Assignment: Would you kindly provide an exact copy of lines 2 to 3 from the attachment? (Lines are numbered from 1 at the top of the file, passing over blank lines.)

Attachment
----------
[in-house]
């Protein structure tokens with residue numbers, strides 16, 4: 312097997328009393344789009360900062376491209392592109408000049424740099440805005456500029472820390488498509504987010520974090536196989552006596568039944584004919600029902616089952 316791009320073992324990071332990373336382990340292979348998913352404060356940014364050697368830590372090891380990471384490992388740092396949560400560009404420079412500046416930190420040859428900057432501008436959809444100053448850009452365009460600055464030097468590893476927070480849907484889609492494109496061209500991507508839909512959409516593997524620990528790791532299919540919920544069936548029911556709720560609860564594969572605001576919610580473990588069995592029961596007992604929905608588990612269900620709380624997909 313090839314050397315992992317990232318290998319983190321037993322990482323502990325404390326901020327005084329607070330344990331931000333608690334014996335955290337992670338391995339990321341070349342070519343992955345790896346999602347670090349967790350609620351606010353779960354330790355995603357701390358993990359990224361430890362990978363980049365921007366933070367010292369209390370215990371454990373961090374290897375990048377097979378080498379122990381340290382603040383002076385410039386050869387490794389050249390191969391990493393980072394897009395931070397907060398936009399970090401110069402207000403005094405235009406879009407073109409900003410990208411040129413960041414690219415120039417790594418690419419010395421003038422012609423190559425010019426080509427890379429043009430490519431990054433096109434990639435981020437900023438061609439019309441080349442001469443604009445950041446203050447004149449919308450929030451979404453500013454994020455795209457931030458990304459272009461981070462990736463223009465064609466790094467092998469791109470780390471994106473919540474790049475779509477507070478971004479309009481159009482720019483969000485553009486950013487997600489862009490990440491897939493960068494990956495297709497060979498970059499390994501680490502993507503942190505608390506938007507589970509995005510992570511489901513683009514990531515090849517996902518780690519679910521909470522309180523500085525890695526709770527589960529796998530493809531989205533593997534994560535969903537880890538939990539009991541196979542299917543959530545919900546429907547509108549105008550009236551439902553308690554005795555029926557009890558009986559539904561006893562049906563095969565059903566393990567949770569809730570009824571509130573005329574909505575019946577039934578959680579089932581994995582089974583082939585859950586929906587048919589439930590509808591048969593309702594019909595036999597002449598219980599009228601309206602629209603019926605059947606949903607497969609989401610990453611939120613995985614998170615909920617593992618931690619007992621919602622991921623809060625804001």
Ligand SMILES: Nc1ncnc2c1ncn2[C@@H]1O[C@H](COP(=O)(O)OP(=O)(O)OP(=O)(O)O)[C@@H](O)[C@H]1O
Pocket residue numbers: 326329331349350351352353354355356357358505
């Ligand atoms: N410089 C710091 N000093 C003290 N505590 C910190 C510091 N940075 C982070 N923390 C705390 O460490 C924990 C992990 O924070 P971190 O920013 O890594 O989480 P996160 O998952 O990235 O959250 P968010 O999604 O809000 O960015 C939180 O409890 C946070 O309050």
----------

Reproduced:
């Protein structure tokens with residue numbers, strides 16, 4: 312097997328009393344789009360900062376491209392592109408000049424740099440805005456500029472820390488498509504987010520974090536196989552006596568039944584004919600029902616089952 316791009320073992324990071332990373336382990340292979348998913352404060356940014364050697368830590372090891380990471384490992388740092396949560400560009404420079412500046416930190420040859428900057432501008436959809444100053448850009452365009460600055464030097468590893476927070480849907484889609492494109496061209500991507508839909512959409516593997524620990528790791532299919540919920544069936548029911556709720560609860564594969572605001576919610580473990588069995592029961596007992604929905608588990612269900620709380624997909 313090839314050397315992992317990232318290998319983190321037993322990482323502990325404390326901020327005084329607070330344990331931000333608690334014996335955290337992670338391995339990321341070349342070519343992955345790896346999602347670090349967790350609620351606010353779960354330790355995603357701390358993990359990224361430890362990978363980049365921007366933070367010292369209390370215990371454990373961090374290897375990048377097979378080498379122990381340290382603040383002076385410039386050869387490794389050249390191969391990493393980072394897009395931070397907060398936009399970090401110069402207000403005094405235009406879009407073109409900003410990208411040129413960041414690219415120039417790594418690419419010395421003038422012609423190559425010019426080509427890379429043009430490519431990054433096109434990639435981020437900023438061609439019309441080349442001469443604009445950041446203050447004149449919308450929030451979404453500013454994020455795209457931030458990304459272009461981070462990736463223009465064609466790094467092998469791109470780390471994106473919540474790049475779509477507070478971004479309009481159009482720019483969000485553009486950013487997600489862009490990440491897939493960068494990956495297709497060979498970059499390994501680490502993507503942190505608390506938007507589970509995005510992570511489901513683009514990531515090849517996902518780690519679910521909470522309180523500085525890695526709770527589960529796998530493809531989205533593997534994560535969903537880890538939990539009991541196979542299917543959530545919900546429907547509108549105008550009236551439902553308690554005795555029926557009890558009986559539904561006893562049906563095969565059903566393990567949770569809730570009824571509130573005329574909505575019946577039934578959680579089932581994995582089974583082939585859950586929906587048919589439930590509808591048969593309702594019909595036999597002449598219980599009228601309206602629209603019926605059947606949903607497969609989401610990453611939120613995985614998170615909920617593992618931690619007992621919602622991921623809060625804001």
Ligand SMILES: Nc1ncnc2c1ncn2[C@@H]1O[C@H](COP(=O)(O)OP(=O)(O)OP(=O)(O)O)[C@@H](O)[C@H]1O